Policy addresses ownership, stewardship of practice data

Published on
information-circle This article is more than 3 years old

The AVMA has adopted a set of principles for ownership and stewardship of veterinary practice data to reflect the values of the veterinary profession, the obligations veterinarians owe to their clients, and the rights of veterinarians to control their data.

The principles address growing concerns over medical record confidentiality and client privacy. As explained by the authors of a Viewpoint article published in the Aug. 1, 2019, JAVMA, software companies and vendors frequently obtain rights to access and use practice data beyond what's necessary to provide services. Moreover, software companies and vendors sometimes use these data for their own marketing or share these data with third parties that want to market their products and services to clinics and their clients.

The article's authors are from the law firm Ice Miller LLP and Veterinary Study Groups Inc. Veterinary Study Groups is the umbrella organization for more than 40 collaborative veterinary management groups comprising over 700 veterinarians who own nearly a thousand independent practices throughout the United States and Canada.

Cat with a laptop on a sofa

During a June conference call, the AVMA Board of Directors voted to adopt the policy "Principles of Data Ownership and Stewardship," developed by Veterinary Study Groups and edited by the AVMA Veterinary Economics Strategy Committee and AVMA Veterinary Economics Division.

The principles are as follows:

  1. Veterinary practices own their practice data.
  2. Control is a necessary condition of data ownership.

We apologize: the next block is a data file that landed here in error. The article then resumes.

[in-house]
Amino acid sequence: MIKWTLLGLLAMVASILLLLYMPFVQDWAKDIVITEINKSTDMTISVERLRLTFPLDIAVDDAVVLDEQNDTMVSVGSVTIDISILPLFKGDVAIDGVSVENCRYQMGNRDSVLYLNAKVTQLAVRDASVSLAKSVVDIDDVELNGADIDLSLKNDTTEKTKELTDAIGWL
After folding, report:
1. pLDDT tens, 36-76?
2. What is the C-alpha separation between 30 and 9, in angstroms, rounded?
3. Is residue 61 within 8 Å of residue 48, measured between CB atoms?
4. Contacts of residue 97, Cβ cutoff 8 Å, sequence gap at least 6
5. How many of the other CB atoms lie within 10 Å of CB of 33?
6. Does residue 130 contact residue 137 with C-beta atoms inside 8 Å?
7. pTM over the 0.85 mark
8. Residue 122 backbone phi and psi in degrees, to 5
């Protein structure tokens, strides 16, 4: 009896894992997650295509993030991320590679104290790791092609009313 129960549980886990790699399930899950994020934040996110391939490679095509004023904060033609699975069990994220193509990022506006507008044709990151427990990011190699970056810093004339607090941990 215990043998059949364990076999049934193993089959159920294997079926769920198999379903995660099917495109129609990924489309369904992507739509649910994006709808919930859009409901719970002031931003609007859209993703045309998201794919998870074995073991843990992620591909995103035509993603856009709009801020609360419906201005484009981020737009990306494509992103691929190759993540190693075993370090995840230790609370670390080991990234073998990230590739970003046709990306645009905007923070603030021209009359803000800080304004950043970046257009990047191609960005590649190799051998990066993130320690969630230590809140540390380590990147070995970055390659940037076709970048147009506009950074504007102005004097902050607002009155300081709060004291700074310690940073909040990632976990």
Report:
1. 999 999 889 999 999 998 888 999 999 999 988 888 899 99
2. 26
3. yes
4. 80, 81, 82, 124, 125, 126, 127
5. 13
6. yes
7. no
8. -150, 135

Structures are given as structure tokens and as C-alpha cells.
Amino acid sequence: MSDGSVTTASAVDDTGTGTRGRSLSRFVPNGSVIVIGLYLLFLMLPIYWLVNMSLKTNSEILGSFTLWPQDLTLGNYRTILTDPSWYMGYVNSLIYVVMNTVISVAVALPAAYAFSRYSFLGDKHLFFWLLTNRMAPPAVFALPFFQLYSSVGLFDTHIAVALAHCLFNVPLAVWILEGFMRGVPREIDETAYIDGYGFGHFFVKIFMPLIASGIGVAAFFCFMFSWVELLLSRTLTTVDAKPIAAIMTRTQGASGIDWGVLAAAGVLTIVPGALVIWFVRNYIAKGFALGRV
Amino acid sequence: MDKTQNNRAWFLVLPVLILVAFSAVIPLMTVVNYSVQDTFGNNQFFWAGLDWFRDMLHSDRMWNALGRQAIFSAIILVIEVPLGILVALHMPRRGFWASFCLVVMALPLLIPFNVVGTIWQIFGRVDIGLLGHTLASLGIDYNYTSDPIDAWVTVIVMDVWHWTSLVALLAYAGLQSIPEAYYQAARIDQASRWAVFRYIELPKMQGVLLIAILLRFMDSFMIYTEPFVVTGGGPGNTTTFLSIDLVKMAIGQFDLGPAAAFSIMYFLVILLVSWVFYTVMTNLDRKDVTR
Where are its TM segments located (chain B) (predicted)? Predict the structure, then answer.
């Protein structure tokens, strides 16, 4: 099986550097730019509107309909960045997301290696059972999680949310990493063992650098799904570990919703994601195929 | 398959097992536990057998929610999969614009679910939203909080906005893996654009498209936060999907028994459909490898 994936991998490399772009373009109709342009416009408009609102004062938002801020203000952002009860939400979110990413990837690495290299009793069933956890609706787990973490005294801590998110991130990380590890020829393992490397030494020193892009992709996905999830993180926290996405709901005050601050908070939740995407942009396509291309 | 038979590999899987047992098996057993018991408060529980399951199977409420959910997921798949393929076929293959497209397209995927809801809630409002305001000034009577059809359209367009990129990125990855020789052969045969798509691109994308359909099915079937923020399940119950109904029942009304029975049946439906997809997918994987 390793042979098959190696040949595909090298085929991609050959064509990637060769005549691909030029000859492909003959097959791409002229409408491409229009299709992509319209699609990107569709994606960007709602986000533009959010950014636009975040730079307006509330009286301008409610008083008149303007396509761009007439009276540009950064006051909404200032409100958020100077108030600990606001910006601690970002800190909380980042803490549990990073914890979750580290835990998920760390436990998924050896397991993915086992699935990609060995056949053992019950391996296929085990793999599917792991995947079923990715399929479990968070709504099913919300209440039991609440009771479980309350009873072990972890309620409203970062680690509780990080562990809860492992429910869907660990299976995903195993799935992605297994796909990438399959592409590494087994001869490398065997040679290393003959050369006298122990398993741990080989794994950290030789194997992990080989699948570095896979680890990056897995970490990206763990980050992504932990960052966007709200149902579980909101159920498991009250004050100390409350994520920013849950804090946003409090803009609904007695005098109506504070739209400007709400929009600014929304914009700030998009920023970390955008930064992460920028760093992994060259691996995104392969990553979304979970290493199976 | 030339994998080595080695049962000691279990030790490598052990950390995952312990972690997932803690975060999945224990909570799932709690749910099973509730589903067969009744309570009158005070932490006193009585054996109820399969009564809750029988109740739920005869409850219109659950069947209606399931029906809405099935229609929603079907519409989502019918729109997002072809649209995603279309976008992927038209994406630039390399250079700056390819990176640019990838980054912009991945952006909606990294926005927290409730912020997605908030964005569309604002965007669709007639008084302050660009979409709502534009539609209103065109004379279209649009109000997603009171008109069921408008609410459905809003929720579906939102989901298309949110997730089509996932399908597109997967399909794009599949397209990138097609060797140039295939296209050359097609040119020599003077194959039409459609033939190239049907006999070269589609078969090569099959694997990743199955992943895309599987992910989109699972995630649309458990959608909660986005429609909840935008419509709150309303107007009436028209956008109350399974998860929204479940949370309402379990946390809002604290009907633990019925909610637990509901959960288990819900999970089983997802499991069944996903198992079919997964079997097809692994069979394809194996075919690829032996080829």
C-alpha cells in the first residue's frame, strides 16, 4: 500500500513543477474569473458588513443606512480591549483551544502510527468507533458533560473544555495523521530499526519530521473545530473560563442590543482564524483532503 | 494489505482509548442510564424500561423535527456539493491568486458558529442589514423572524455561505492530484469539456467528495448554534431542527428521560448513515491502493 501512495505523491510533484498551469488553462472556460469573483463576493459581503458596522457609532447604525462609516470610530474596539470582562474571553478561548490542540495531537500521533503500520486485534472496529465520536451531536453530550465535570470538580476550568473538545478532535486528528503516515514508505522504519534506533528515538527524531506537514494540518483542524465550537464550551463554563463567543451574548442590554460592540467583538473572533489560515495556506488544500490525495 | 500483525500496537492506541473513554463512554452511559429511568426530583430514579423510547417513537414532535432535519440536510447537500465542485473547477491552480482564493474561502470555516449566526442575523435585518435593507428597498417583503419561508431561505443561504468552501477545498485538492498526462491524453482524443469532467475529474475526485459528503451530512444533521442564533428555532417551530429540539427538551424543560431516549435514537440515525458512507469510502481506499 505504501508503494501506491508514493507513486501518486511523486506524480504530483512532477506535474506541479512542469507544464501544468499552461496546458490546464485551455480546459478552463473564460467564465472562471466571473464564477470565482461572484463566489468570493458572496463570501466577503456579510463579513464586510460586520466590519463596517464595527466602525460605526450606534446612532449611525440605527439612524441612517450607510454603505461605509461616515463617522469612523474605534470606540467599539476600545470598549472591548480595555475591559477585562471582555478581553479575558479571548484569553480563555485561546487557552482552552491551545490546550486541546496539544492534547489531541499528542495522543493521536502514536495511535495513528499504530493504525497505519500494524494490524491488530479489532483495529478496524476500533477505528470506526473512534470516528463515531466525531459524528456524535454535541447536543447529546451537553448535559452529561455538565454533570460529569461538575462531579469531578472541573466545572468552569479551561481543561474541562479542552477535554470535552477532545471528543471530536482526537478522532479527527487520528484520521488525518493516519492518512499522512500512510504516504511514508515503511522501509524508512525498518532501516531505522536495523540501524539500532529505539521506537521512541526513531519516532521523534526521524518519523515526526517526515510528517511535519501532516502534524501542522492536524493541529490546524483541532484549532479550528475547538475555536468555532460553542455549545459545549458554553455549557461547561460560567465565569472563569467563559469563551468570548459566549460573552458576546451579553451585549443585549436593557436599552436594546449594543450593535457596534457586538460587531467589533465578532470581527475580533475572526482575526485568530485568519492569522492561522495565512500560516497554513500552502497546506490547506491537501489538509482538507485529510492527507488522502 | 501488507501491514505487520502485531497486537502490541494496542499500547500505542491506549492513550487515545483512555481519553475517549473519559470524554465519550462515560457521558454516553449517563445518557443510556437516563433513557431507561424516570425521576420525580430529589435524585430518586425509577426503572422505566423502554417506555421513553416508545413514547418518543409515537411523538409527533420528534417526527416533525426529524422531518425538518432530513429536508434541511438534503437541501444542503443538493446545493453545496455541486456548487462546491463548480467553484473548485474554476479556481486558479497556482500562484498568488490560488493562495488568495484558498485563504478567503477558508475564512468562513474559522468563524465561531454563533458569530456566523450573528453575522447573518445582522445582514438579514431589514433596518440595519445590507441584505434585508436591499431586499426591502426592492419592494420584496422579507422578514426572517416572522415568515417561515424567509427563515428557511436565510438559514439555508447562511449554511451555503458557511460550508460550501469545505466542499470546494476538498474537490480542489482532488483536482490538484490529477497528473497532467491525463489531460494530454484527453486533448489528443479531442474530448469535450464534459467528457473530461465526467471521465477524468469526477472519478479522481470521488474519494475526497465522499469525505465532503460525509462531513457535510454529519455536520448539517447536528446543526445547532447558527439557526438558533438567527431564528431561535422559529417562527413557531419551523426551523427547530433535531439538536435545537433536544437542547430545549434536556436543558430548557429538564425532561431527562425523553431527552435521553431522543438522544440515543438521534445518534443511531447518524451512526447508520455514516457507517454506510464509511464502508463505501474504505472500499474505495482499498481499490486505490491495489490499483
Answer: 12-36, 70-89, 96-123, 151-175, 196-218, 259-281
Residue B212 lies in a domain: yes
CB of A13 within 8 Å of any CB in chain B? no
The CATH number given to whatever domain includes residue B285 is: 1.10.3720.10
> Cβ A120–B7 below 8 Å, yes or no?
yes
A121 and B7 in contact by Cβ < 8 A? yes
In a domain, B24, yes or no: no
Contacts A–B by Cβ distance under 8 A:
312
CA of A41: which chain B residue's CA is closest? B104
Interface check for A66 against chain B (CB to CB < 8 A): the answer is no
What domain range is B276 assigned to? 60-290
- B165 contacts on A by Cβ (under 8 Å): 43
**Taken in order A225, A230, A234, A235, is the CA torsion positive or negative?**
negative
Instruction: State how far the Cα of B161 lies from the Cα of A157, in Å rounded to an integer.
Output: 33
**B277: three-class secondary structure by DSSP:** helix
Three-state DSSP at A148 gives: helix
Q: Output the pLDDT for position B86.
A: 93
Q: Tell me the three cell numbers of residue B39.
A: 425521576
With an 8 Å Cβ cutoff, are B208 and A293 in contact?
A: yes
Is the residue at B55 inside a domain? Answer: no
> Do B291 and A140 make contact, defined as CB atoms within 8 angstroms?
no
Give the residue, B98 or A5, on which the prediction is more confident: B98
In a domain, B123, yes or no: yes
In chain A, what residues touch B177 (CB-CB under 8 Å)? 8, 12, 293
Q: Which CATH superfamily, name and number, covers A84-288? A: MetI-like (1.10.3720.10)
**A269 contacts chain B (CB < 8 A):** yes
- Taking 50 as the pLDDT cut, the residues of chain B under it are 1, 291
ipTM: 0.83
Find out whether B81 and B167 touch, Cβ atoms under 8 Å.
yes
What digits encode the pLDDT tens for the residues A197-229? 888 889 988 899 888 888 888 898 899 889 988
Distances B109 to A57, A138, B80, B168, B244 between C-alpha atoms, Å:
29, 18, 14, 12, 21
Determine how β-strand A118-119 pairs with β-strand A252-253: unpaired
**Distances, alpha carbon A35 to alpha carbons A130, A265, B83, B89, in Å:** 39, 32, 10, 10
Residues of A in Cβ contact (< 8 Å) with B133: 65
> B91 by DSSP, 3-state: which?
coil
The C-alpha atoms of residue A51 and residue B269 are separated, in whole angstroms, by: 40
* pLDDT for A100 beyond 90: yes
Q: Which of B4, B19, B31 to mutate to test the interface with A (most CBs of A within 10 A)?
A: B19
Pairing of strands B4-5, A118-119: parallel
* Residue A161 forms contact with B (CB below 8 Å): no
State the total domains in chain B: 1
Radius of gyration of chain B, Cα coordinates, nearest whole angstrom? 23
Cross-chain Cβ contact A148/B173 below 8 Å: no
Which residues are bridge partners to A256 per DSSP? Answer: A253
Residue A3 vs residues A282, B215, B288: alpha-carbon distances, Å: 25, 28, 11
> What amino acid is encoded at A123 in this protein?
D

3. Practice data should be portable and accessible.
  4. Prior consent is the foundation of proper data use.
  5. Data licensees should be transparent in their use of practice data.
  6. Veterinary practices should be able to limit and withdraw consent.
  7. Data should only be used for known lawful purposes.
  8. Data licensees should collect only the minimum required data.
  9. Data licensees should retain practice data only for the requisite time period.
  10. Data licensees should be responsible for their own and their licensees' use of veterinary practice data.
  11. Data licensees should maintain the confidentiality and privacy of veterinary practice data.

"The recognition of a common set of principles around data stewardship and ownership is a watershed moment for the veterinary profession," said Matthew Salois, PhD, the AVMA's chief economist. "Data is a key strategic asset for the practice and for the profession and has the potential to unlock limitless value for both the veterinarian and the pet owner.

"The principles set forth by the Veterinary Study Groups, in collaboration with the AVMA, provide an important north star for the profession by laying the foundation for industry-wide alignment on how we can collectively safeguard and uphold the integrity and stewardship of our practice data."

Webinar digs into using data to inform care, business
AVMA Axon is offering the on-demand webinar "Transform Your Practice with Big Data" for one continuing education credit. Dr. Kerri Marshall, chief veterinary officer of BabelBark, talks about how practices can learn to use data to discover patterns and trends in clients’ behavior and deliver more personalized patient care. Dr. Marshall also explores how to harness data to expand telehealth opportunities in the practice, build deeper relationships with clients, and deliver more-precise animal therapy. The webinar is free for AVMA members and $25 for nonmembers.